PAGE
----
1
$\begingroup$

Let

$$ G =\begin{pmatrix} \Sigma & \Sigma - \text{diag} \lbrace s \rbrace \\ \Sigma - \text{diag} \lbrace s \rbrace & \Sigma \end{pmatrix} $$

where $s \in \mathbb{R}_{\geq 0}^p$ is some nonnegative vector, and $\Sigma$ is a positive definite covariance matrix.

I need to argue that $G$ is positive semidefinite using the Schur complement. That is, $G$ is positive semidefinite iff the Schur complement $$ 2\text{diag} \lbrace s \rbrace-\text{diag} \lbrace s \rbrace \Sigma^{-1} \text{diag} \lbrace s \rbrace $$ is positive semidefinite. However I am not sure how to prove this.

$\endgroup$
  • $\begingroup$ Is $s \geq 0_p$? $\endgroup$ – Rodrigo de Azevedo Jun 21 '18 at 20:08
  • $\begingroup$ It is not possible to say anything without more information on $s$. Take e.g. $\begin{bmatrix}1 & 1-s\\1-s & 1\end{bmatrix}$. It is psd iff $0\le s\le 2$. $\endgroup$ – A.Γ. Jun 22 '18 at 6:18
  • $\begingroup$ Yes, that is correct - s is a nonnegative vector. $\endgroup$ – mathstudent Jun 22 '18 at 6:29
  • $\begingroup$ We can assume that $\Sigma$ is invertible. And since it is a covariance matrix $\Sigma$ is positive semidefinite and symmetric. $\endgroup$ – mathstudent Jun 22 '18 at 8:13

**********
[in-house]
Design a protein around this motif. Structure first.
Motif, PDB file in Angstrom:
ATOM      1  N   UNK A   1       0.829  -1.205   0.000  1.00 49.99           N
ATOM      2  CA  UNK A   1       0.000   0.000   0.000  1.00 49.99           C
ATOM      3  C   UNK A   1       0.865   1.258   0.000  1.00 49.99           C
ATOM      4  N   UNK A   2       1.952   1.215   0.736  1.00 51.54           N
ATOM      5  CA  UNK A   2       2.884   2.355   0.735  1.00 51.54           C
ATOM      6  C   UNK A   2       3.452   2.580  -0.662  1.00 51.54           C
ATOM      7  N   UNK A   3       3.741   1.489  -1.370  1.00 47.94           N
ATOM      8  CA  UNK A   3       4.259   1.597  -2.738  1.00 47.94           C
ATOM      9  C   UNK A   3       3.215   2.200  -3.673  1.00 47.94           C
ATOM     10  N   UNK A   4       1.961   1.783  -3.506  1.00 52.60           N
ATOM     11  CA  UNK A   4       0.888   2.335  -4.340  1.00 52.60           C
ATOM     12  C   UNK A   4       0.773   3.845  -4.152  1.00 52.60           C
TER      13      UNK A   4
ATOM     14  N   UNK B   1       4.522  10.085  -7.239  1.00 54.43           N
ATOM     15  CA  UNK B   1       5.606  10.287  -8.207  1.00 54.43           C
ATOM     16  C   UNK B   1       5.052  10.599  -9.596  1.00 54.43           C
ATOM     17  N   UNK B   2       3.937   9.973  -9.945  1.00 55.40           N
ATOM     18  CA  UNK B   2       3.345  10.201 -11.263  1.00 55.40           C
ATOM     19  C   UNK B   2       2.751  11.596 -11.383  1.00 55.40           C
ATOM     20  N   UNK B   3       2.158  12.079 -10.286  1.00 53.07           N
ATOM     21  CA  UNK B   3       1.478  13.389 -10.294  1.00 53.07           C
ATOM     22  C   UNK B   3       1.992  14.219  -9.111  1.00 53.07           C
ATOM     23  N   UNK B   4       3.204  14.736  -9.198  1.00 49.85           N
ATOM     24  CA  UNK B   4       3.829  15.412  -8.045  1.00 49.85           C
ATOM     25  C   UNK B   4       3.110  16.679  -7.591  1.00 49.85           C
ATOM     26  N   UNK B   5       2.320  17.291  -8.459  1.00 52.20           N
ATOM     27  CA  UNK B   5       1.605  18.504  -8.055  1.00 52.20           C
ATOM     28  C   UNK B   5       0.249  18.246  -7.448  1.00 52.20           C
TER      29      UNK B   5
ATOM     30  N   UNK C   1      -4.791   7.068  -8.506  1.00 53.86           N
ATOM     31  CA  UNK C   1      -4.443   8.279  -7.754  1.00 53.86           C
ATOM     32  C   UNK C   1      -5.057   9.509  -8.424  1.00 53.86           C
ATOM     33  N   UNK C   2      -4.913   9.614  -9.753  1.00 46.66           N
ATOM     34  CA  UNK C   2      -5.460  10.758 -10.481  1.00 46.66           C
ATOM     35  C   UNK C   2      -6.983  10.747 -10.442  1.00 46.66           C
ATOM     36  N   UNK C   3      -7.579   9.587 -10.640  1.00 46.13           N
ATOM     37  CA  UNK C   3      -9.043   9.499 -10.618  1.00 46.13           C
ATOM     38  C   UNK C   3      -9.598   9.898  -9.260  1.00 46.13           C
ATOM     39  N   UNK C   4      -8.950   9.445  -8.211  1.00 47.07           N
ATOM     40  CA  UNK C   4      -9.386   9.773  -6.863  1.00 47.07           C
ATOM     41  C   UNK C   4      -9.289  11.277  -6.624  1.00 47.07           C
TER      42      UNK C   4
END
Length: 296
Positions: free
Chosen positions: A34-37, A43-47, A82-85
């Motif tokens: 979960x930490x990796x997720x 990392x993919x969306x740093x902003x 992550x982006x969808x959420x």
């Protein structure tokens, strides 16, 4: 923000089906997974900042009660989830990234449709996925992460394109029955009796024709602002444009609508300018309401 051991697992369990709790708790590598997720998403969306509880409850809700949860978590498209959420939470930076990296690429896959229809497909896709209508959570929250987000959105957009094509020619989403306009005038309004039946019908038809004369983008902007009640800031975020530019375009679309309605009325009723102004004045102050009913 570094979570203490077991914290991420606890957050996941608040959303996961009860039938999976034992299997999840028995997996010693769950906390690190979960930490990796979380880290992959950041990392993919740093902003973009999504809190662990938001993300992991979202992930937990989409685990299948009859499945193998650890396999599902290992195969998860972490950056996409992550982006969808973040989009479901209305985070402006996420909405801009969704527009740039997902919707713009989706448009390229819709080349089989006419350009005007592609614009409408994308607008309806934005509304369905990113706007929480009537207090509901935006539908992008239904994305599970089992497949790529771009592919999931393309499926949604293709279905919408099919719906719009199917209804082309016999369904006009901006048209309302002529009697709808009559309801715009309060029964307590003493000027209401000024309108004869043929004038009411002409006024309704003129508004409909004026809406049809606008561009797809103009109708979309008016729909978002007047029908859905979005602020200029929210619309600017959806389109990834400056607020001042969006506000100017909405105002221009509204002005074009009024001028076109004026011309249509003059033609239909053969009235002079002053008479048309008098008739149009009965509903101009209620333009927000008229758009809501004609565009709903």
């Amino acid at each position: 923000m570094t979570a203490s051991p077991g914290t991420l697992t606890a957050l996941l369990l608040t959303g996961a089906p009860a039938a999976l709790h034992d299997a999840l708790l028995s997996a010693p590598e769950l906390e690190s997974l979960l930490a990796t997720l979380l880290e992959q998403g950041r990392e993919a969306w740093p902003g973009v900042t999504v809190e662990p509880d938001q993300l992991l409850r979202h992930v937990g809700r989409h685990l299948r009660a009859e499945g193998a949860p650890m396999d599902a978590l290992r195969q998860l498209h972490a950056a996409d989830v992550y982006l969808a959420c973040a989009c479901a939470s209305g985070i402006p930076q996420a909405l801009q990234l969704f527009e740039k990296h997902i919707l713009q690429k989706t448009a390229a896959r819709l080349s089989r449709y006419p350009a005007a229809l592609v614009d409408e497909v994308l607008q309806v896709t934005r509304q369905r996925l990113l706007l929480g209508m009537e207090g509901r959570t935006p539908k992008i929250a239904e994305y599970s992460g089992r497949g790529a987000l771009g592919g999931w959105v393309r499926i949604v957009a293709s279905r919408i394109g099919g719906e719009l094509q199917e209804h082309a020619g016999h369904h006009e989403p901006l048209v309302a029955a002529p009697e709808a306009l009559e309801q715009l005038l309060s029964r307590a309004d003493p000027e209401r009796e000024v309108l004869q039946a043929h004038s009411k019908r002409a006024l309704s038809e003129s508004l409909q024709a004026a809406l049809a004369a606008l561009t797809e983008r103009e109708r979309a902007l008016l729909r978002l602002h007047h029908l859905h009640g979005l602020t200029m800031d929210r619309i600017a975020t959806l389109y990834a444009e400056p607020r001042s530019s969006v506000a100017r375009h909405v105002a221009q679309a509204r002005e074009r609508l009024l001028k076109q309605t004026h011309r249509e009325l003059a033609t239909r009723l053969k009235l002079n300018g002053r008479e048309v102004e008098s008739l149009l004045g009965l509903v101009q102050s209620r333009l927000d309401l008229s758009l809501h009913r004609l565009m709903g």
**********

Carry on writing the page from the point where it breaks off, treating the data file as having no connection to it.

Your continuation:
1
$\begingroup$

You can write down the nonstrict version of the Schur complement formula

$$ G\succeq 0 \iff \left\{\begin{array}{cc}\Sigma\succeq 0\\ \Sigma-(\Sigma-\textrm{diag}(s))\Sigma^{\dagger}(\Sigma-\textrm{diag}(s))\succeq0\\ (I-\Sigma\Sigma^\dagger)(\Sigma-\textrm{diag}(s))=0\end{array}\right. $$ The second condition expands to $$ \Sigma-(\Sigma-\textrm{diag}(s))\Sigma^{\dagger}(\Sigma-\textrm{diag}(s))= \textrm{diag}(s)\Sigma^{\dagger}\Sigma + \Sigma\Sigma^{\dagger}\textrm{diag}(s)-\textrm{diag}(s)\Sigma^{\dagger}\textrm{diag}(s) $$ if $\Sigma$ is also invertible then you are done.

$\endgroup$
  • $\begingroup$ Thank you for the answer. However I am not sure that I understand the last step. Why is the last matrix positive semidefinite if $\Sigma$ is invertible? $\endgroup$ – mathstudent Jun 22 '18 at 10:07
  • 1
    $\begingroup$ @mathstudent $\Sigma\Sigma^\dagger$ will be $I$ matrix. $\endgroup$ – percusse Jun 22 '18 at 10:21

Your Answer

By clicking “Post Your Answer”, you agree to our terms of service, privacy policy and cookie policy

Not the answer you're looking for? Browse other questions tagged or ask your own question.